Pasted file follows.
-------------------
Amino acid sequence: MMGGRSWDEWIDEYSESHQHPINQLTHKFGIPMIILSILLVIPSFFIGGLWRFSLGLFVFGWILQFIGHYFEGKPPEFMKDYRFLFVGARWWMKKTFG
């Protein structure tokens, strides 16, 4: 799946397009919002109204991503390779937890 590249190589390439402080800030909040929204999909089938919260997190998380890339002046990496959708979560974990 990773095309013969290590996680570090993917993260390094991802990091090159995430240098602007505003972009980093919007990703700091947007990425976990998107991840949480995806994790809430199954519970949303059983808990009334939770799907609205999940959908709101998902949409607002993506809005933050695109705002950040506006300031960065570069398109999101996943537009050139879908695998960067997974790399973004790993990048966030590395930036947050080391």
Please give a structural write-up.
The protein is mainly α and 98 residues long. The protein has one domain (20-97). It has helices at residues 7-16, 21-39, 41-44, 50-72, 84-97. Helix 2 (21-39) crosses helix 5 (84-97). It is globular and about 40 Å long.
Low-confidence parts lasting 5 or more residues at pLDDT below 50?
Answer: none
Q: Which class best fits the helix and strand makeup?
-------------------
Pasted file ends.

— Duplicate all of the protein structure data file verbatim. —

Amino acid sequence: MMGGRSWDEWIDEYSESHQHPINQLTHKFGIPMIILSILLVIPSFFIGGLWRFSLGLFVFGWILQFIGHYFEGKPPEFMKDYRFLFVGARWWMKKTFG
């Protein structure tokens, strides 16, 4: 799946397009919002109204991503390779937890 590249190589390439402080800030909040929204999909089938919260997190998380890339002046990496959708979560974990 990773095309013969290590996680570090993917993260390094991802990091090159995430240098602007505003972009980093919007990703700091947007990425976990998107991840949480995806994790809430199954519970949303059983808990009334939770799907609205999940959908709101998902949409607002993506809005933050695109705002950040506006300031960065570069398109999101996943537009050139879908695998960067997974790399973004790993990048966030590395930036947050080391």
Please give a structural write-up.
The protein is mainly α and 98 residues long. The protein has one domain (20-97). It has helices at residues 7-16, 21-39, 41-44, 50-72, 84-97. Helix 2 (21-39) crosses helix 5 (84-97). It is globular and about 40 Å long.
Low-confidence parts lasting 5 or more residues at pLDDT below 50?
Answer: none
Q: Which class best fits the helix and strand makeup?